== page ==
find /proc/*/fd \
    -lname anon_inode:inotify \
    -printf '%hinfo/%f\n' 2>/dev/null \
    | xargs grep -c '^inotify' \
    | sort -n -t: -k2 -r

Cross platform filewatcher: emcrisostomo/fswatch:

A cross-platform file change monitor with multiple backends: Apple OS X File System Events, *BSD kqueue, Solaris/Illumos File Events Notification, Linux inotify, Microsoft Windows and a stat()-based backend.

7 Awk

pement.org awk one-liners

8 rebuild on change

entr watches for changed files and recompiles your whatsit when it gets edited. This is incredibly useful for automating life.

9 Which file is crashing/hanging $PID?

lsof -r -p $PID | grep /path/to/file

10 Vars, expansions, file names, white space hell

See bash or fish depending on choice of shell.

Or avoid both by using some other utility, such as…

11 rename

rename is a script that makes renaming work how I imagine it should, avoiding the mysterious punctuation stew at least somewhat.

rename -s html txt *.html

NB depending on distro you may get some other systutil rename which is much less powerful than the one I linked to, albeit still often powerful enough.

12 Text processing

12.1 Trailing whitespace

A shell script to remove trailing whitespace from a file — put this in trimspace.sh:


# macOS version
sed -i '' -e’s/[[:space:]]*$//' "$1"

# GNU version
sed -i -e’s/[ \t]*$//' "$1"

Then you can trim trailing whitespace from your… whatever… by putting this line in there:

find . -type f -print0 | xargs -0 -I {} trimspace.sh \{\}

12.2 Data wrangling

See text data processing.

13 Incoming

13.1 rsync files in random order

based of Ole Tange’s tor version


find . -maxdepth 4 -depth -type d | shuf | rsync --delete -zHax --inplace --rsync-path='mkdir -p {} && rsync' ~/{}/ remote.host:/some/dir/{}/

Presumably this works locally:

for file in (find . -maxdepth 4 -depth -type d | shuf)
  mkdir -p "$file" && rsync --delete -Hax --inplace - ./{}/ /some/dir/{}/

13.2 Download from command line without getting owned

Default curl is insecure.

curl --tlsv1.2 --proto=https --location \
  --remote-name-all --remote-header-name

13.3 Find common diacritics in filenames

Caught in unicode crossfire? Try

find . -iname "*[üñàáèéöäçã]*"

14 Which process is bound to port $PORT?

This one!

lsof -nP -i4TCP:$PORT | grep LISTEN

14.1 Sync only if drive present

test -d /Volumes/syncdrive/ && rsync --delete -avz \ /Volumes/syncdrive/

14.2 Unzip zips into subdir using fish

for foo in *.zip
    unzip $foo -d (basename $foo .zip)

14.3 Set operations


15 Meta command lines

Command lines to command your command lines.

I suppose if I were a good person I’d check if any of the above commands are novel and submit them to tldr or version my .cheats folder in a dotfile repo, or mention them in commandlinefu but I’m now exhausted and just want to go home.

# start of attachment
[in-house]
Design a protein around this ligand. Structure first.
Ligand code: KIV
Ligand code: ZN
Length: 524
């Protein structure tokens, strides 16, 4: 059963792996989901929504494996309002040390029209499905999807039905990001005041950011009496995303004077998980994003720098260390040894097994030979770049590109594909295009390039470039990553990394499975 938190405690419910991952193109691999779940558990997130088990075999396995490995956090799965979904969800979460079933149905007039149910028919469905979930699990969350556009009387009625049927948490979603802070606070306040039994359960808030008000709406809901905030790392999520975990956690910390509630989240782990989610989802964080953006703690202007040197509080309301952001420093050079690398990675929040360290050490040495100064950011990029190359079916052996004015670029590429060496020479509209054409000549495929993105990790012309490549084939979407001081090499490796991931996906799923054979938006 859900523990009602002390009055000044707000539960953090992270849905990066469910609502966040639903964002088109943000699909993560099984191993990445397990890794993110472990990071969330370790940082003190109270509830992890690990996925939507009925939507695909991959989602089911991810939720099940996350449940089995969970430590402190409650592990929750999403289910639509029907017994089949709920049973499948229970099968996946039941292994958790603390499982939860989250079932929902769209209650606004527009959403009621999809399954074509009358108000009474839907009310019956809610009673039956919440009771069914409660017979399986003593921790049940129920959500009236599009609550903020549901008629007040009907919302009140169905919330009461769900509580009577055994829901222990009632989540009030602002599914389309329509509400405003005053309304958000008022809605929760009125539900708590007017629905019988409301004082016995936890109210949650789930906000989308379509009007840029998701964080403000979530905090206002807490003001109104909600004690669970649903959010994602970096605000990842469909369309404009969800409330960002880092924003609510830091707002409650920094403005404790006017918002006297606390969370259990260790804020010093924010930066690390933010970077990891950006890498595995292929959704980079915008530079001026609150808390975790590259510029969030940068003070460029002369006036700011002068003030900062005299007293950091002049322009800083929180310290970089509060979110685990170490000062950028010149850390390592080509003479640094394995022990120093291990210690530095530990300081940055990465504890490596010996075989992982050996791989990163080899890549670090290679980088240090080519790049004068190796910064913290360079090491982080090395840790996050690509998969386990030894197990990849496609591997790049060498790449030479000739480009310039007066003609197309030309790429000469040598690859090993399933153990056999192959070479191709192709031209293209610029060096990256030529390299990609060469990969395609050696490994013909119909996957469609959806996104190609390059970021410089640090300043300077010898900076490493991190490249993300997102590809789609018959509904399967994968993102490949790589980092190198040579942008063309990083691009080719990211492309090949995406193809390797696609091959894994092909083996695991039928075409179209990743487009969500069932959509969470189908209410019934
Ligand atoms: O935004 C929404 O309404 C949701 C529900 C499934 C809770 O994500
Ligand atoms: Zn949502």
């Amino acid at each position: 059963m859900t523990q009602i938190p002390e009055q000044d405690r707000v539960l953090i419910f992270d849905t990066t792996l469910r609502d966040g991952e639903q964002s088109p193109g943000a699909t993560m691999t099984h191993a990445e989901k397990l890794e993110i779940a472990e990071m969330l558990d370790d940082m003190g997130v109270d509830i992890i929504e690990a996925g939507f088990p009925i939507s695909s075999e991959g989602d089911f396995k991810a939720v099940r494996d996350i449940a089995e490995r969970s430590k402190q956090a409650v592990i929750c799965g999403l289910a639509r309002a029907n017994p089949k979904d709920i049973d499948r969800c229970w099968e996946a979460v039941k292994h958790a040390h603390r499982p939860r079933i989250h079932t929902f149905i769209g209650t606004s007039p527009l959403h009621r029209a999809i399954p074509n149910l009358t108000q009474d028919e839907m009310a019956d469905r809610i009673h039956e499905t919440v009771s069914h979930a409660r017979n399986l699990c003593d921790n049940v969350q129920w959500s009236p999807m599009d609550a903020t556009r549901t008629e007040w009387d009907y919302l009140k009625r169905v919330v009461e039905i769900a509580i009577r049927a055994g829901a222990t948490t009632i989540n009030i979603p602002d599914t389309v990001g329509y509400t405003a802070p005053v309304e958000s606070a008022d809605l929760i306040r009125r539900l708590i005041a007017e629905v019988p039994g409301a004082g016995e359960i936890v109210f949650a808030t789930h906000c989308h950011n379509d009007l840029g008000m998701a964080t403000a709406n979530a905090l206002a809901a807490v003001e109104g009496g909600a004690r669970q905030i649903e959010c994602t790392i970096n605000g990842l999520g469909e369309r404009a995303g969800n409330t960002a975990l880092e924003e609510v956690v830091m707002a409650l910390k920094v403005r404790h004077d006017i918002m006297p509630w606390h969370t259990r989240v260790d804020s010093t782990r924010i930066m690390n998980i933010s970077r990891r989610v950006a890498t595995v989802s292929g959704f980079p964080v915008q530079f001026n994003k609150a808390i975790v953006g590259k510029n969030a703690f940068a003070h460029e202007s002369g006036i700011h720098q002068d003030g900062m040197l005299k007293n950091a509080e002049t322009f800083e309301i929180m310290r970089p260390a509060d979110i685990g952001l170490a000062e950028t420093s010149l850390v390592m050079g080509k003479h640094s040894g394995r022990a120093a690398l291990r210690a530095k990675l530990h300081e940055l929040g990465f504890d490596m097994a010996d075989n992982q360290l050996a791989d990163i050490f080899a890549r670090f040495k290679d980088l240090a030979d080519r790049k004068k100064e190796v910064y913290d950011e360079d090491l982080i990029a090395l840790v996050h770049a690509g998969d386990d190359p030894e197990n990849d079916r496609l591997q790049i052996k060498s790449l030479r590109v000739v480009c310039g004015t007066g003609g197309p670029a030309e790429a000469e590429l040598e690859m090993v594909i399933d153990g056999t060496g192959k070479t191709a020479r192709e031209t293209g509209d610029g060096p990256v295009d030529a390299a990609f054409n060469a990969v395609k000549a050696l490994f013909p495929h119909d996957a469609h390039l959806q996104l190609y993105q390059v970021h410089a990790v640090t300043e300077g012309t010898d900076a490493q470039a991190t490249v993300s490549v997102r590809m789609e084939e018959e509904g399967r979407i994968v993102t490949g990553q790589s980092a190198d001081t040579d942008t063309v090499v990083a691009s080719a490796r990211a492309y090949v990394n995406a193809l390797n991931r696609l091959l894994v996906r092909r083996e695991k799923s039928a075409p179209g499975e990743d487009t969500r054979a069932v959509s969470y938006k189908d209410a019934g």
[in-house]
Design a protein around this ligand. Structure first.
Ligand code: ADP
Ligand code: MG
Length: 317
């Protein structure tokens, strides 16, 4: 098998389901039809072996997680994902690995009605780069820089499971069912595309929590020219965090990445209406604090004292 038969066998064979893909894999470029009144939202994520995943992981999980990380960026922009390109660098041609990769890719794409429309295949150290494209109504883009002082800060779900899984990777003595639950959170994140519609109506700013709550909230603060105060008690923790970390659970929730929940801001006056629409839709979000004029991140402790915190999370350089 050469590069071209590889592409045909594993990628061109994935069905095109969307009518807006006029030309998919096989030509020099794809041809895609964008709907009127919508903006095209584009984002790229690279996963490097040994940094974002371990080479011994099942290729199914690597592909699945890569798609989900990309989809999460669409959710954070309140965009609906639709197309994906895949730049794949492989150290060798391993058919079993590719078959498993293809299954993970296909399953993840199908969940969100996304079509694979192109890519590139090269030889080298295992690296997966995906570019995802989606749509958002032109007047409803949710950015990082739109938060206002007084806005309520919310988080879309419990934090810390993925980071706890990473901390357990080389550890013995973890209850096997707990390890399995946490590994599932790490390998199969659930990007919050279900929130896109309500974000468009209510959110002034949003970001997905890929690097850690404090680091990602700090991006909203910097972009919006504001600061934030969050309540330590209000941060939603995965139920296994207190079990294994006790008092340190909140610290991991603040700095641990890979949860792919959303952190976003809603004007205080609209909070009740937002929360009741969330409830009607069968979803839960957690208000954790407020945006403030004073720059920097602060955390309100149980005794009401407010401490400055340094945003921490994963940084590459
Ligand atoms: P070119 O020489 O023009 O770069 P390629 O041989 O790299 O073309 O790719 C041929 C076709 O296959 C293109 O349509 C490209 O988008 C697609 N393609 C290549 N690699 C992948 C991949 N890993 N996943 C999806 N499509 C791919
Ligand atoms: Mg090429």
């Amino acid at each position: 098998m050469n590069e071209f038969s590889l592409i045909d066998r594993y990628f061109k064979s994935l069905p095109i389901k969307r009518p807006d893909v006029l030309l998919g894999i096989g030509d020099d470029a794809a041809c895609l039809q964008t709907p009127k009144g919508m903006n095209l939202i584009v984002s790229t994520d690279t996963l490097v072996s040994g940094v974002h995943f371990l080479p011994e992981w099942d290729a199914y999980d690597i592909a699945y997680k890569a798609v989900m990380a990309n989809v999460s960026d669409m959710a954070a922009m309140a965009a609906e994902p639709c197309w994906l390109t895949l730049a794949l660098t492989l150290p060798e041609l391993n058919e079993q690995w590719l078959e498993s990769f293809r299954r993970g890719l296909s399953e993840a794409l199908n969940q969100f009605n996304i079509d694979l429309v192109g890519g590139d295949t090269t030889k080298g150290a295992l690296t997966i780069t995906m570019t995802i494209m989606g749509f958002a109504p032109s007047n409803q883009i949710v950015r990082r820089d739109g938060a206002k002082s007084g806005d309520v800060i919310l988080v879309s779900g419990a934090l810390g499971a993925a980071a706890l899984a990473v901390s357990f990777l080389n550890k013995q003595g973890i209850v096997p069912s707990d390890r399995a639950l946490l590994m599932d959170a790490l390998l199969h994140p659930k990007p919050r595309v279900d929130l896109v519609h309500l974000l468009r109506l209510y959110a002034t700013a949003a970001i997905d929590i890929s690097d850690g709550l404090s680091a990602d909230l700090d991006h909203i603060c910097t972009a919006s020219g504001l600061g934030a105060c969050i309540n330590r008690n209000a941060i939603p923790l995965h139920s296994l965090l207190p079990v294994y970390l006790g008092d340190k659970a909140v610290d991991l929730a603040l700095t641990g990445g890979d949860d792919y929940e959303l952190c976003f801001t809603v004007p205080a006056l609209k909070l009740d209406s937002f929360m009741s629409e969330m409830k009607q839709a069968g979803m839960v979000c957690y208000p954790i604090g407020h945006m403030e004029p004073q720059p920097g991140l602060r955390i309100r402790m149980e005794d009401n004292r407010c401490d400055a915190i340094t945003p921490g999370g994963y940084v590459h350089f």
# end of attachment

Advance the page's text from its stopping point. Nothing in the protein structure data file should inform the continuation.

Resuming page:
15.1 Fig

Fig is a command line autocompleter and syncer and secret manager which focuses on enabling teams with sahred shortcuts and utilities.

15.2 Explainshell

Explainshell dissects a shell command and shows you the documentation for each part of it. Good for instilling this knowledge in your brain.

15.3 tldr


New to the command-line world? Or just a little rusty? Or perhaps you can’t always remember the arguments to lsof, or tar?

…And the manual for your typical command is utterly incomprehensible, so remembering is obviously preferable to trying to decipher it.


## install
npm install -g tldr
# or
brew install tldr
# invoke
tldr tar

Alternative implementation:

## install
brew install tealdeer
# invoke is still
tldr tar

15.4 cheat


…allows you to create and view interactive cheatsheets on the command-line. It was designed to help remind *nix system administrators of options for commands that they use frequently, but not frequently enough to remember.

## install
pip install cheat
# or
brew install cheat
# invoke
cheat tar

15.5 how do i


Are you a hack programmer? Do you find yourself constantly Googling for how to do basic programming tasks?

Suppose you want to know how to format a date in bash. Why open your browser and read through blogs (risking major distraction) when you can simply stay in the console and ask howdoi

pip install howdoi
howdoi tar

Seems to search the internet for you, and not be command-line specific, which is broader in scope than some of the other entrants here, but also noisier.

15.6 commandlinefu

commandlinefu has an awful command-line interface, but the website is so good that it makes the grade.

15.7 bash hackers wiki

bash hackers wiki: avoid its the paradigmatically awful bash manual

16 Parallel execution